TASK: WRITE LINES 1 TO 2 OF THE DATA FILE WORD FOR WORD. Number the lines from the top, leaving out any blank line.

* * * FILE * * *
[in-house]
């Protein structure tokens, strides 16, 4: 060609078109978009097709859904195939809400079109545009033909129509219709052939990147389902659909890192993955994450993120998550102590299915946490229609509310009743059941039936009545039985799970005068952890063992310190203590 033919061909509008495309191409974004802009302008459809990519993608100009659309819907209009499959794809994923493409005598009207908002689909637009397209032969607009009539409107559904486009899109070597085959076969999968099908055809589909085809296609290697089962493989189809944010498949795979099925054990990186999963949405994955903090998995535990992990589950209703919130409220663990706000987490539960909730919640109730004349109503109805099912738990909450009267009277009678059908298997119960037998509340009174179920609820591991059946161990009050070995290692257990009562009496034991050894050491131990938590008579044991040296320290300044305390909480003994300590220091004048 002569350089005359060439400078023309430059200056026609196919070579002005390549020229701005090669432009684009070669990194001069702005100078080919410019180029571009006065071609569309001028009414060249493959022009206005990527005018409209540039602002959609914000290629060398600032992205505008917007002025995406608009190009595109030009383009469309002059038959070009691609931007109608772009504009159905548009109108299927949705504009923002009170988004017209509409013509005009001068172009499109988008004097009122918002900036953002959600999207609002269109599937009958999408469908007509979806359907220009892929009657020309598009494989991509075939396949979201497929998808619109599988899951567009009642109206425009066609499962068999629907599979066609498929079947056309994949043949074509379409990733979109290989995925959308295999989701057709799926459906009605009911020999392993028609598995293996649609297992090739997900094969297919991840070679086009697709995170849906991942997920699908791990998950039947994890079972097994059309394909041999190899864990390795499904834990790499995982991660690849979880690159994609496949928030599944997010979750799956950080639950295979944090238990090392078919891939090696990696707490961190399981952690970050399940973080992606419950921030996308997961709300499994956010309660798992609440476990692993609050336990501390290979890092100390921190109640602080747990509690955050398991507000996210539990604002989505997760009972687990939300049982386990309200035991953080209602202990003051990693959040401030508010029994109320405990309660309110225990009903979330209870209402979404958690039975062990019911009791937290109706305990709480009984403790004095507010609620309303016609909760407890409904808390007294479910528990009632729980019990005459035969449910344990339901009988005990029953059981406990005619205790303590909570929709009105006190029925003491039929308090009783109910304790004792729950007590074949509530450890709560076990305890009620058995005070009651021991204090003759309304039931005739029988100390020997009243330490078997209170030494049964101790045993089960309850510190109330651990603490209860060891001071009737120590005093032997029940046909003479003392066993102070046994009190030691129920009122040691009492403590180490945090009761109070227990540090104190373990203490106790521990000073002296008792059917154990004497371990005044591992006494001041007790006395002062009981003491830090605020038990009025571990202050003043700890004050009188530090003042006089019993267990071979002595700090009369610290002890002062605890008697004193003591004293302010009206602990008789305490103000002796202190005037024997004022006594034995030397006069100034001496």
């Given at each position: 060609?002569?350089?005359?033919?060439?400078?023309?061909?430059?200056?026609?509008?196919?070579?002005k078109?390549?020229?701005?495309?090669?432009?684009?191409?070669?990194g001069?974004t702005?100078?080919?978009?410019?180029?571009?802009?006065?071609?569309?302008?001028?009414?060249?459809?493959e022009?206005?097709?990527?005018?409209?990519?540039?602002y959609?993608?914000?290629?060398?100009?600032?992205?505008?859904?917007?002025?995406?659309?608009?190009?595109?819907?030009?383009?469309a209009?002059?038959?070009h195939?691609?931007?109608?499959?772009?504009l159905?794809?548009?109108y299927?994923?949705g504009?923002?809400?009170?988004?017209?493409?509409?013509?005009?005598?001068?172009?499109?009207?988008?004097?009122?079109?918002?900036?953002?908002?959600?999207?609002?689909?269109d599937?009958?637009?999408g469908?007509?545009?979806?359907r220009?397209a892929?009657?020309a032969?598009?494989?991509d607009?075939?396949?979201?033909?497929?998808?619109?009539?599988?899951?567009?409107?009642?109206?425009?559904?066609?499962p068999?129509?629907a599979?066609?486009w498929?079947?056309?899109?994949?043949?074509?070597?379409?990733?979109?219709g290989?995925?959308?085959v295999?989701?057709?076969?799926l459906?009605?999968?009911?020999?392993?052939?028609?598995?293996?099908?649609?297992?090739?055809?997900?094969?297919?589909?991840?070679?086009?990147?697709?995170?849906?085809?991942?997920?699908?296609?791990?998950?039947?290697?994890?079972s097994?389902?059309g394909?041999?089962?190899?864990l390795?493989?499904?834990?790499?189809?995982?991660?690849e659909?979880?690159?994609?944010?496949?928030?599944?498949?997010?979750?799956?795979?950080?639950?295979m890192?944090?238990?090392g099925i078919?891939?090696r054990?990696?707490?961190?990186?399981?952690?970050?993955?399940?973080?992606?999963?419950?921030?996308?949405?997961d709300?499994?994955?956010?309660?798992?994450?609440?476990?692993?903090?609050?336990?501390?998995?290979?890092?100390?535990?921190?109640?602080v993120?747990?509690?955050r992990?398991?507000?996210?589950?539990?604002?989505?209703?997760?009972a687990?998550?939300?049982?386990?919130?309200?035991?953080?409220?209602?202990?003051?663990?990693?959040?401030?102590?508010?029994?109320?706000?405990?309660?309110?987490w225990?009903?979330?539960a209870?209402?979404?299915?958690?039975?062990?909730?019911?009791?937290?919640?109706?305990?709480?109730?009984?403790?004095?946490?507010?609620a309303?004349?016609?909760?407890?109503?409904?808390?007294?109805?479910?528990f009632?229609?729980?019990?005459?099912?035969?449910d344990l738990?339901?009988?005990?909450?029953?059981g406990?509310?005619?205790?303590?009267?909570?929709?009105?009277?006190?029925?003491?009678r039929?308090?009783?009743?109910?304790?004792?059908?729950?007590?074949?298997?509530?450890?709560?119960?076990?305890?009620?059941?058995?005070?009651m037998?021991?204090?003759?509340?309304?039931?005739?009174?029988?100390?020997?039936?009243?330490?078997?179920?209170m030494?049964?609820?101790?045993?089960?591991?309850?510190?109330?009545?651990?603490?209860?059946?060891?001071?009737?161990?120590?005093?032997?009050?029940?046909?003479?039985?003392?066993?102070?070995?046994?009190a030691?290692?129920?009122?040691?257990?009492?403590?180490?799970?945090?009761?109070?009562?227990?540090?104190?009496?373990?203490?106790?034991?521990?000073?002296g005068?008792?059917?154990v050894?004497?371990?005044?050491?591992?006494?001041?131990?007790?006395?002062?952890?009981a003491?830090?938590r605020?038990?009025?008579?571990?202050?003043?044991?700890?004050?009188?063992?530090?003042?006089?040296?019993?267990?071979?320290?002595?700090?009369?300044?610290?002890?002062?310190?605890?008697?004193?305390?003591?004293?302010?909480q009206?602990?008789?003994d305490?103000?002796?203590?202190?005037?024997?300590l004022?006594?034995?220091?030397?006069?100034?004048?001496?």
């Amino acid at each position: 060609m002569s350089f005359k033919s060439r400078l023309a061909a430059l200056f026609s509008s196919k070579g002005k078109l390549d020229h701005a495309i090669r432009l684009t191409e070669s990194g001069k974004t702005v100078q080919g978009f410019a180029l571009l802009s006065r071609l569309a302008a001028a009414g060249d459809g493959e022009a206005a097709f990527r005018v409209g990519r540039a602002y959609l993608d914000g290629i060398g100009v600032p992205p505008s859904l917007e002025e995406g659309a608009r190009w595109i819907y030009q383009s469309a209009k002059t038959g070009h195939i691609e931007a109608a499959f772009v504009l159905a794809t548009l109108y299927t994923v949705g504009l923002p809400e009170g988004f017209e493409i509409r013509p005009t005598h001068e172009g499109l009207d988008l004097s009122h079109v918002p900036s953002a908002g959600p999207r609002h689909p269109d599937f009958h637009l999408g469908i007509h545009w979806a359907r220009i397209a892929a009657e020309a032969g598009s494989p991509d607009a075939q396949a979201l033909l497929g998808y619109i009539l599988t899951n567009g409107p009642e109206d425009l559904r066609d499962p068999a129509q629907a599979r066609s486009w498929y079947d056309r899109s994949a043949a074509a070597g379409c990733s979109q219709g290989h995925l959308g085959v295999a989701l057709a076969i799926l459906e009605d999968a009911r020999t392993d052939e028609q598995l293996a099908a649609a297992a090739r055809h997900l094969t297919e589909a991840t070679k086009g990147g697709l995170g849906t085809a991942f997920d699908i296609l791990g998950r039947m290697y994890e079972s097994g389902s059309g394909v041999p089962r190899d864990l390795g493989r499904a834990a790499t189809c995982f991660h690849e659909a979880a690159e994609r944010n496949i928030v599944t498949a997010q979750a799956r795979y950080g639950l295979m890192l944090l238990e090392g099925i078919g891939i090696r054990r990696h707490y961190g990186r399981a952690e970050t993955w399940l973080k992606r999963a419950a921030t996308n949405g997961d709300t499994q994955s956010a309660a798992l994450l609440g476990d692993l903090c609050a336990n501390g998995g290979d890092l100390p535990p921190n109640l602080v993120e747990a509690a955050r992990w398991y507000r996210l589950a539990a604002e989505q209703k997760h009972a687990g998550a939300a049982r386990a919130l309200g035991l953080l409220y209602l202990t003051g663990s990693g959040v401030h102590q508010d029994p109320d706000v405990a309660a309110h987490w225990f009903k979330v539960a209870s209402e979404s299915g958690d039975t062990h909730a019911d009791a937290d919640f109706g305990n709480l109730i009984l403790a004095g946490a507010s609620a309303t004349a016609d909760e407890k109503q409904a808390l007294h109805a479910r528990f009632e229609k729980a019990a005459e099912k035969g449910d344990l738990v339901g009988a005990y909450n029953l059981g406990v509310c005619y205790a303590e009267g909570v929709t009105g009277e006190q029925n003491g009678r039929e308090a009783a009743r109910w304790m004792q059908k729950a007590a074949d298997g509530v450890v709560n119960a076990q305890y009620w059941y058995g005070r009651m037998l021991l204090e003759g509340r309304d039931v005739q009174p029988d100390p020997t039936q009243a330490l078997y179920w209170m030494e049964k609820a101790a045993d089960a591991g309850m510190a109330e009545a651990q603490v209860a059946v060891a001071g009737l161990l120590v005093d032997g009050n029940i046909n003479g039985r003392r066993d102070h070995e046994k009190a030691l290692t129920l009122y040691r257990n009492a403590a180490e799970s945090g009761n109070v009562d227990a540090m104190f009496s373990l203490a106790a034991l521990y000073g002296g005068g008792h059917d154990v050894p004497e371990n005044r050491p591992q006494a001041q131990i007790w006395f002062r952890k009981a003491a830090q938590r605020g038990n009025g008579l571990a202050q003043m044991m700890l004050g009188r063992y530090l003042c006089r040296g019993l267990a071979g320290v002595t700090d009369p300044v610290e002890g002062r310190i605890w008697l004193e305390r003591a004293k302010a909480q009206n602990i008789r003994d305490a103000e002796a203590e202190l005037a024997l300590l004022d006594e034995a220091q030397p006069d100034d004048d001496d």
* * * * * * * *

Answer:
[in-house]
């Protein structure tokens, strides 16, 4: 060609078109978009097709859904195939809400079109545009033909129509219709052939990147389902659909890192993955994450993120998550102590299915946490229609509310009743059941039936009545039985799970005068952890063992310190203590 033919061909509008495309191409974004802009302008459809990519993608100009659309819907209009499959794809994923493409005598009207908002689909637009397209032969607009009539409107559904486009899109070597085959076969999968099908055809589909085809296609290697089962493989189809944010498949795979099925054990990186999963949405994955903090998995535990992990589950209703919130409220663990706000987490539960909730919640109730004349109503109805099912738990909450009267009277009678059908298997119960037998509340009174179920609820591991059946161990009050070995290692257990009562009496034991050894050491131990938590008579044991040296320290300044305390909480003994300590220091004048 002569350089005359060439400078023309430059200056026609196919070579002005390549020229701005090669432009684009070669990194001069702005100078080919410019180029571009006065071609569309001028009414060249493959022009206005990527005018409209540039602002959609914000290629060398600032992205505008917007002025995406608009190009595109030009383009469309002059038959070009691609931007109608772009504009159905548009109108299927949705504009923002009170988004017209509409013509005009001068172009499109988008004097009122918002900036953002959600999207609002269109599937009958999408469908007509979806359907220009892929009657020309598009494989991509075939396949979201497929998808619109599988899951567009009642109206425009066609499962068999629907599979066609498929079947056309994949043949074509379409990733979109290989995925959308295999989701057709799926459906009605009911020999392993028609598995293996649609297992090739997900094969297919991840070679086009697709995170849906991942997920699908791990998950039947994890079972097994059309394909041999190899864990390795499904834990790499995982991660690849979880690159994609496949928030599944997010979750799956950080639950295979944090238990090392078919891939090696990696707490961190399981952690970050399940973080992606419950921030996308997961709300499994956010309660798992609440476990692993609050336990501390290979890092100390921190109640602080747990509690955050398991507000996210539990604002989505997760009972687990939300049982386990309200035991953080209602202990003051990693959040401030508010029994109320405990309660309110225990009903979330209870209402979404958690039975062990019911009791937290109706305990709480009984403790004095507010609620309303016609909760407890409904808390007294479910528990009632729980019990005459035969449910344990339901009988005990029953059981406990005619205790303590909570929709009105006190029925003491039929308090009783109910304790004792729950007590074949509530450890709560076990305890009620058995005070009651021991204090003759309304039931005739029988100390020997009243330490078997209170030494049964101790045993089960309850510190109330651990603490209860060891001071009737120590005093032997029940046909003479003392066993102070046994009190030691129920009122040691009492403590180490945090009761109070227990540090104190373990203490106790521990000073002296008792059917154990004497371990005044591992006494001041007790006395002062009981003491830090605020038990009025571990202050003043700890004050009188530090003042006089019993267990071979002595700090009369610290002890002062605890008697004193003591004293302010009206602990008789305490103000002796202190005037024997004022006594034995030397006069100034001496």